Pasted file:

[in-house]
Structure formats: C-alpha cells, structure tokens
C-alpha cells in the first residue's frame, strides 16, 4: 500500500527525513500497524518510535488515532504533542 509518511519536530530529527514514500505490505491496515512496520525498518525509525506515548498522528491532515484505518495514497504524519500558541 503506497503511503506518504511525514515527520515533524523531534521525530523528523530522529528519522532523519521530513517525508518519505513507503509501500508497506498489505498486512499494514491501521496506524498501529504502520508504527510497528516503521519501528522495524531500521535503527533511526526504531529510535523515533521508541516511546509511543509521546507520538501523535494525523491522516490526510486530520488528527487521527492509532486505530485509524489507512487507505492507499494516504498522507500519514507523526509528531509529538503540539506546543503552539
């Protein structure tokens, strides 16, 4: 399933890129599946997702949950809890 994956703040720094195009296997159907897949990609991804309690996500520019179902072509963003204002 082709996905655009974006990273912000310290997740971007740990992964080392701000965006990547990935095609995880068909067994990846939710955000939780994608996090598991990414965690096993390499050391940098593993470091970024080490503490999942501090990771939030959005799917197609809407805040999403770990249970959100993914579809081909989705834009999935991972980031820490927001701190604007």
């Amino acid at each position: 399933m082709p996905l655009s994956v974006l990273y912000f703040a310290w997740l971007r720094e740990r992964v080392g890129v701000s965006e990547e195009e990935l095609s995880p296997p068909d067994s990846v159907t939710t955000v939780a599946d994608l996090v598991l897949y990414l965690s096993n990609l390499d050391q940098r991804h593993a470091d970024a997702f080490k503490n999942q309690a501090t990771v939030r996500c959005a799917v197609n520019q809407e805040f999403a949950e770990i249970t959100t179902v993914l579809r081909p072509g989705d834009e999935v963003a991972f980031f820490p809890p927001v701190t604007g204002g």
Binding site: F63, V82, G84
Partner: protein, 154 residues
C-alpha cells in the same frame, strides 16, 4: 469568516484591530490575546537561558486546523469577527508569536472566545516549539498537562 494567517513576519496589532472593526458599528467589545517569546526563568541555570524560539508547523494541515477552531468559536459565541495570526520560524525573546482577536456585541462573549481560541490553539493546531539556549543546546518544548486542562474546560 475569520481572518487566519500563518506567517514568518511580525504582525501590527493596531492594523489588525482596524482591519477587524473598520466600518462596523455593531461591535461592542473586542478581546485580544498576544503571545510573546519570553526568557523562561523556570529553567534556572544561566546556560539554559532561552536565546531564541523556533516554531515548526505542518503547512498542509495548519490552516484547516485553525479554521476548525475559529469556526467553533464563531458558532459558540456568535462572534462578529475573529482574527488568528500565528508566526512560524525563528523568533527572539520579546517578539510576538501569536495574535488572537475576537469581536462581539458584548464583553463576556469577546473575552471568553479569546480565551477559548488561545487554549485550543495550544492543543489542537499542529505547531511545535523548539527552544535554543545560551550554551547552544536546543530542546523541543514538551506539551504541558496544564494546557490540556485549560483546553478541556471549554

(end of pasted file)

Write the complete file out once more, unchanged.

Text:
[in-house]
Structure formats: C-alpha cells, structure tokens
C-alpha cells in the first residue's frame, strides 16, 4: 500500500527525513500497524518510535488515532504533542 509518511519536530530529527514514500505490505491496515512496520525498518525509525506515548498522528491532515484505518495514497504524519500558541 503506497503511503506518504511525514515527520515533524523531534521525530523528523530522529528519522532523519521530513517525508518519505513507503509501500508497506498489505498486512499494514491501521496506524498501529504502520508504527510497528516503521519501528522495524531500521535503527533511526526504531529510535523515533521508541516511546509511543509521546507520538501523535494525523491522516490526510486530520488528527487521527492509532486505530485509524489507512487507505492507499494516504498522507500519514507523526509528531509529538503540539506546543503552539
């Protein structure tokens, strides 16, 4: 399933890129599946997702949950809890 994956703040720094195009296997159907897949990609991804309690996500520019179902072509963003204002 082709996905655009974006990273912000310290997740971007740990992964080392701000965006990547990935095609995880068909067994990846939710955000939780994608996090598991990414965690096993390499050391940098593993470091970024080490503490999942501090990771939030959005799917197609809407805040999403770990249970959100993914579809081909989705834009999935991972980031820490927001701190604007």
């Amino acid at each position: 399933m082709p996905l655009s994956v974006l990273y912000f703040a310290w997740l971007r720094e740990r992964v080392g890129v701000s965006e990547e195009e990935l095609s995880p296997p068909d067994s990846v159907t939710t955000v939780a599946d994608l996090v598991l897949y990414l965690s096993n990609l390499d050391q940098r991804h593993a470091d970024a997702f080490k503490n999942q309690a501090t990771v939030r996500c959005a799917v197609n520019q809407e805040f999403a949950e770990i249970t959100t179902v993914l579809r081909p072509g989705d834009e999935v963003a991972f980031f820490p809890p927001v701190t604007g204002g």
Binding site: F63, V82, G84
Partner: protein, 154 residues
C-alpha cells in the same frame, strides 16, 4: 469568516484591530490575546537561558486546523469577527508569536472566545516549539498537562 494567517513576519496589532472593526458599528467589545517569546526563568541555570524560539508547523494541515477552531468559536459565541495570526520560524525573546482577536456585541462573549481560541490553539493546531539556549543546546518544548486542562474546560 475569520481572518487566519500563518506567517514568518511580525504582525501590527493596531492594523489588525482596524482591519477587524473598520466600518462596523455593531461591535461592542473586542478581546485580544498576544503571545510573546519570553526568557523562561523556570529553567534556572544561566546556560539554559532561552536565546531564541523556533516554531515548526505542518503547512498542509495548519490552516484547516485553525479554521476548525475559529469556526467553533464563531458558532459558540456568535462572534462578529475573529482574527488568528500565528508566526512560524525563528523568533527572539520579546517578539510576538501569536495574535488572537475576537469581536462581539458584548464583553463576556469577546473575552471568553479569546480565551477559548488561545487554549485550543495550544492543543489542537499542529505547531511545535523548539527552544535554543545560551550554551547552544536546543530542546523541543514538551506539551504541558496544564494546557490540556485549560483546553478541556471549554